Rest is a theme that runs from Genesis to Revelation. In Genesis, God “rested on the seventh day” of creation (Gen. 2:2). In Revelation, we are promised an eternal rest: “Blessed are the dead who die in the Lord … they will rest from their labors” (Rev. 14:13). But what about the time in-between the beginning and the end? I need rest now!
There’s good news for the tired and weary: God is rest-giving God, and we do not have to wait till we get to heaven to find rest. In Scripture, rest is a promise and provision of God for this life and beyond. But what is this rest we are promised and how can we enter into it?
1. THE PLAN
By resting on the seventh day, God built rest into the natural rhythm of life, and He sanctified it (Gen. 2:3). In the law, God established a Sabbath day of rest: “the seventh day is a Sabbath to the Lord your God. You must not do any work ” (Ex. 20:10-11; 31:15-17).
The Sabbath rest was not just a wise saying or a kindly suggestion; it was a commandment of God—and an expression of His mercy.
God established the Sabbath rest with our good in mind—our bodies need rest and our hearts need refocusing. Sabbath rest reminds us we are needy. Sabbath worship reminds us God is the One who gives us rest. A day of rest is a reminder to trust in God and find our rest in Him. It is a weekly reminder that it is God who sustains us—not the work of our hands. How much unrest in our lives is the result of wrongly believing everything depends on us, and failing to rest in God?
Consider Jesus’ example. Despite the demands of the multitudes, He took time for rest (Mark 6:45-47; Luke 6:12; 9:28) and told His disciples to do the same: “Come away by yourselves to a remote place and rest for a while” (Mark 6:31). Following the Lord sometimes means taking a resting for a while.
2. THE PLACE
The promise of rest in the Old Testament is tied to a place. Canaan, the promised land, was called “the resting place” (Deut. 12:9). Possessing the land was synonymous with receiving rest: “The Lord your God will give you rest, and he will give you this land.” (Josh. 1:1).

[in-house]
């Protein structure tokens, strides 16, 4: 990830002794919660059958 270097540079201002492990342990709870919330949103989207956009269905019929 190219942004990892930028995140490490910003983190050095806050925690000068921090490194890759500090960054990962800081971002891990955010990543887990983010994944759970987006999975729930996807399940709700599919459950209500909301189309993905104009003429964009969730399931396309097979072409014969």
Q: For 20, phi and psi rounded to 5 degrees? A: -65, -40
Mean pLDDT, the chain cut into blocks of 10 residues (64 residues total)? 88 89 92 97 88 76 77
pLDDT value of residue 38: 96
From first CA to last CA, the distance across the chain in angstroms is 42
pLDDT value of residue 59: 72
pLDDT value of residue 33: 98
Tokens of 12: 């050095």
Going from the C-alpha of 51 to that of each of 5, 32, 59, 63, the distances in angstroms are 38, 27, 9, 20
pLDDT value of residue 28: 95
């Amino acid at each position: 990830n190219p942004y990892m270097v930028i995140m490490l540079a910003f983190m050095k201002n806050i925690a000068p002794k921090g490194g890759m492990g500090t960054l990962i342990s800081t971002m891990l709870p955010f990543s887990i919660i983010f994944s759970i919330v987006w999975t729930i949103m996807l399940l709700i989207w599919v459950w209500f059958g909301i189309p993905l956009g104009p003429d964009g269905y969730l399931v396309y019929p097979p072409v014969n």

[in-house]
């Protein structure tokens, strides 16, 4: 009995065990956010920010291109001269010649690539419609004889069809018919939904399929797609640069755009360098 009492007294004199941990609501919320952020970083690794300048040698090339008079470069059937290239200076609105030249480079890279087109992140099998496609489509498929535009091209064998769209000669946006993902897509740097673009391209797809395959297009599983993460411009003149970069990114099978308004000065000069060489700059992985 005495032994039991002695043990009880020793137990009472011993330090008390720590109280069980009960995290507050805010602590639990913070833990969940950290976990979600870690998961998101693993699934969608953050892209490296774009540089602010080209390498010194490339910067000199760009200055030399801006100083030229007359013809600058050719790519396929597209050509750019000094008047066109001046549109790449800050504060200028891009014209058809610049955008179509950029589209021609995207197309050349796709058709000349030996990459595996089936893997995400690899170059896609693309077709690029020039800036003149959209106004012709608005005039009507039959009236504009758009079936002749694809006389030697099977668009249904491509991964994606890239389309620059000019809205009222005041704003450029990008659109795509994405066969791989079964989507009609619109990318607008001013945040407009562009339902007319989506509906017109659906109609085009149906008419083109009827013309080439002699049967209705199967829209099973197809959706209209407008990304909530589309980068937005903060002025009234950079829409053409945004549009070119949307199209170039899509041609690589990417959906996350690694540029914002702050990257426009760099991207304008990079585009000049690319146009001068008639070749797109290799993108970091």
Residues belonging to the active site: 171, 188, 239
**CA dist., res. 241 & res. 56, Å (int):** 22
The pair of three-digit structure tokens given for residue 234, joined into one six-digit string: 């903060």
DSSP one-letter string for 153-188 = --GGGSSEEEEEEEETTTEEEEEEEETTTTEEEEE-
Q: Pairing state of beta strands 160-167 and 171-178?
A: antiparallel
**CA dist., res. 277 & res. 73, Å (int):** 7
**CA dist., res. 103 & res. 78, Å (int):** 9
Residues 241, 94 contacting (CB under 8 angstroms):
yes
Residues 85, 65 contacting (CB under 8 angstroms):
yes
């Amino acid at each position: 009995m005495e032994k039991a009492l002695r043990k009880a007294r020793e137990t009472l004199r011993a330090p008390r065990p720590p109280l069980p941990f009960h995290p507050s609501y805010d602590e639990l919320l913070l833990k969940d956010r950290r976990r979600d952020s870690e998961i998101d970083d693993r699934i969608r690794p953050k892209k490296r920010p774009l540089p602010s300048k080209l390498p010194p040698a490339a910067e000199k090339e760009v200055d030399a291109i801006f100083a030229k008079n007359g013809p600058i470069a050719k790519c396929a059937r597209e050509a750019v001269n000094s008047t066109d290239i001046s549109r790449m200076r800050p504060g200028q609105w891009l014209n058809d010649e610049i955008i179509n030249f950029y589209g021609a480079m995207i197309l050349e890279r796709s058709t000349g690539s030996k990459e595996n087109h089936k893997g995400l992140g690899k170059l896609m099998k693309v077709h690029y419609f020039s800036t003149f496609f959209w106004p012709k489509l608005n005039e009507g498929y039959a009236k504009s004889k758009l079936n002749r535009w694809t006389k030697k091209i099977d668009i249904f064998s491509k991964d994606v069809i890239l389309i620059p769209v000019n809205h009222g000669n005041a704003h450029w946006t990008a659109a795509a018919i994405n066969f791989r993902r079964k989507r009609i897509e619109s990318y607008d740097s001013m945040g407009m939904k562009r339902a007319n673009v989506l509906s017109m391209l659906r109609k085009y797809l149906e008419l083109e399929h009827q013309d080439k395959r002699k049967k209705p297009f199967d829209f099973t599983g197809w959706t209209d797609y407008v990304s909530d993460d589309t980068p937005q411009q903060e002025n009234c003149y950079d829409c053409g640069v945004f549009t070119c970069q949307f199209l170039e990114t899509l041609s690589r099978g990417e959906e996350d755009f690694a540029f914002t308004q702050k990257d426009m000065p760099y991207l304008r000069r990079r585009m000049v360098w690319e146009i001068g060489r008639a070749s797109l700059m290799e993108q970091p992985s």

God command Moses at Sinai: “go to the land I promised” (Ex. 33:1). Then He added this promise: “My presence will go with you, and I will give you rest” (v. 14). This two-fold promise could be taken to mean that Moses’ task of leadership would be made easier because God would be with him. Just as likely, the intended audience for this promise was all of Israel. The “rest” envisioned was that which had already been promised—Canaan, the land of rest. Obtaining the rest would require more than being in a particular location. Even in the land of promise, the obtainment of rest would require living daily in the presence of God.
Rest is found in being in the place God wants you to be—both literally and spiritually.
But we know the wilderness generation did not enter the land because of their unbelief (Num. 14:23). In the psalms, God spoke of that generation in this way: “I swore in my anger, ‘They will not enter my rest’” (Ps. 95:8-11). Because that generation did not trust and obey God, they never enjoyed the full blessings of the life—and rest—that God had offered to them.
3. THE PERSON
This week’s Explore the Bible passage week includes this promise from God to David: “I will give you rest from all your enemies” (2 Sam. 7:11). Not all of God’s promises to David were fulfilled in David’s lifetime; they would be fulfilled completely in Jesus (Luke 1:32). “For every one of God’s promises is ‘Yes’ in him [Jesus]” (2 Cor. 1:20). In Jesus, every promise of God in Scripture—including the promise of rest—finds its perfect fulfillment.
Echoing the promise God made to Moses and the people at Sinai (Ex. 33:14), Jesus said: “Come to me, all of you who are weary and burdened, and I will give you rest. Take up my yoke and learn from me, because I am lowly and humble in heart, and you will find rest for your souls” (Matt. 11:28-29).
Vance Havner noted that entering into God’s rest “is both an obtainment and an attainment. [Jesus] says, ‘I will give you rest.’ Then He says, ‘Learn of me and ye shall find rest.’ It is ours in Him when we believe Him. It is ours in experience when we follow Him.”
We can experience rest not merely through the cessation of work but through the strength of Christ in us.
Mike Livingstone works at Lifeway Christian Resources as content editor for Explore the Bible materials. He also blogs occasionally at mikelivingstone.com.